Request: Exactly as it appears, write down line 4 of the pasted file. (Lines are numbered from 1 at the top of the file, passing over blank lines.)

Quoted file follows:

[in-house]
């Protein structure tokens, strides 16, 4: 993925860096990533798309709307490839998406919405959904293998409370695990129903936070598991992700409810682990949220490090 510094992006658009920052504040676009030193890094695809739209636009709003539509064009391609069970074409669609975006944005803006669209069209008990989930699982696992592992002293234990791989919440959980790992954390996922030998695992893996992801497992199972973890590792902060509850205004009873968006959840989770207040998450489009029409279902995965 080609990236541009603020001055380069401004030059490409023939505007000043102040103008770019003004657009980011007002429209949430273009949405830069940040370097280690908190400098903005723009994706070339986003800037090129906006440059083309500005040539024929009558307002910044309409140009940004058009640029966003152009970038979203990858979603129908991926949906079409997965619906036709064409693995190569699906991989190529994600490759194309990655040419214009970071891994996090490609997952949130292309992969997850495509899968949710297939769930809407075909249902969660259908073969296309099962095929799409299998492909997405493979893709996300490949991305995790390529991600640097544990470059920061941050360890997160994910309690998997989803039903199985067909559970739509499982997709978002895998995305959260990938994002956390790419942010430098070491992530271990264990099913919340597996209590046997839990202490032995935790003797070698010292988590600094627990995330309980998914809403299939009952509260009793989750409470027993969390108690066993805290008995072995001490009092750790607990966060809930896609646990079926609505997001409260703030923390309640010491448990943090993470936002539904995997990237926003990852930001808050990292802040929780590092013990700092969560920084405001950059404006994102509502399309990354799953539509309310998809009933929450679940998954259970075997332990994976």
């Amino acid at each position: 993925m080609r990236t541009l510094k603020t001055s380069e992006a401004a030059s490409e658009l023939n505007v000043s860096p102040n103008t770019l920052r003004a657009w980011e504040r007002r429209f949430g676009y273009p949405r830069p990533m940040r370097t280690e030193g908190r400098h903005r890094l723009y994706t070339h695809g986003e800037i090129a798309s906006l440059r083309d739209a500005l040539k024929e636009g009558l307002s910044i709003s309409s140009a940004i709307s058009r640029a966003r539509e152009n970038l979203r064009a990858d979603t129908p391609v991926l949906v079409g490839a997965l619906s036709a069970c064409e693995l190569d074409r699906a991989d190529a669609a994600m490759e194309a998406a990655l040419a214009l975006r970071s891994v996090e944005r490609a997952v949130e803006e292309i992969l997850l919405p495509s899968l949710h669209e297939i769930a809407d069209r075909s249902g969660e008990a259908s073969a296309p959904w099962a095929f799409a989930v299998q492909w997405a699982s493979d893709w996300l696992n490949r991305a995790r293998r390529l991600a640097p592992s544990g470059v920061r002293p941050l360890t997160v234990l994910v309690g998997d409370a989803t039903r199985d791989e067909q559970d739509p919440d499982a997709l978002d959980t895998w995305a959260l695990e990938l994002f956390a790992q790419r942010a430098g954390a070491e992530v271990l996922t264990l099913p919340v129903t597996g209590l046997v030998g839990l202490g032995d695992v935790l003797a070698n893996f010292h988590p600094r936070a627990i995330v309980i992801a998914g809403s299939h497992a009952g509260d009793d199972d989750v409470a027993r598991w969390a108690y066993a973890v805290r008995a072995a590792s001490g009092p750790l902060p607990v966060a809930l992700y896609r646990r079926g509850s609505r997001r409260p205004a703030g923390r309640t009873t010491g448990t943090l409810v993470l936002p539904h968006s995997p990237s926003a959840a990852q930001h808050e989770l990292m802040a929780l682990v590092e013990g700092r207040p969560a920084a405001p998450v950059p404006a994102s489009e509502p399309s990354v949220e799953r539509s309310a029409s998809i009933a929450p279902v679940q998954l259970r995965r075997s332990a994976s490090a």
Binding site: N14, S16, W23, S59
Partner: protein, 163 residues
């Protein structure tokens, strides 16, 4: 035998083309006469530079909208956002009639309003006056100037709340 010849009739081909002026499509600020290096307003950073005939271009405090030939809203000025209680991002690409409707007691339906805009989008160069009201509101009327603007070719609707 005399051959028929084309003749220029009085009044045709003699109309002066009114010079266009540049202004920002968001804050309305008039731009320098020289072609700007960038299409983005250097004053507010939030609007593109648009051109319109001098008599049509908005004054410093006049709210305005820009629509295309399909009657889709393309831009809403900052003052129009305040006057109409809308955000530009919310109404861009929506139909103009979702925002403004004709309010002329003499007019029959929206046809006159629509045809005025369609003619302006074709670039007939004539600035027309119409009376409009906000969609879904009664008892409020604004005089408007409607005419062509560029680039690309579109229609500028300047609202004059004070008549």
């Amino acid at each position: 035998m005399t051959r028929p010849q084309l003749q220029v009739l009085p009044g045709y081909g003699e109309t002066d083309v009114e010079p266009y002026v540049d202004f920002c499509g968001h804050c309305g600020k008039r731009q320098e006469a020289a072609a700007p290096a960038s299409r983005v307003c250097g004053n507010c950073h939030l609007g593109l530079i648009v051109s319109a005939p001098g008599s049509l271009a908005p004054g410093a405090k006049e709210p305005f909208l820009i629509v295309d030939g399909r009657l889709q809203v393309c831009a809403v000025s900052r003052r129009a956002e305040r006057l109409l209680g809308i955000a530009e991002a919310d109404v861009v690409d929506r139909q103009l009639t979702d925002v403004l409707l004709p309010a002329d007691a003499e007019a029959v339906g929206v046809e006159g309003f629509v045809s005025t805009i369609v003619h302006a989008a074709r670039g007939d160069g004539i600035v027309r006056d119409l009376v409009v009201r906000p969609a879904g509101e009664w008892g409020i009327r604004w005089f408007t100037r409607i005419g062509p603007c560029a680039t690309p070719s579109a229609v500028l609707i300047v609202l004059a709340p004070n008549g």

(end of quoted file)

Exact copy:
Binding site: N14, S16, W23, S59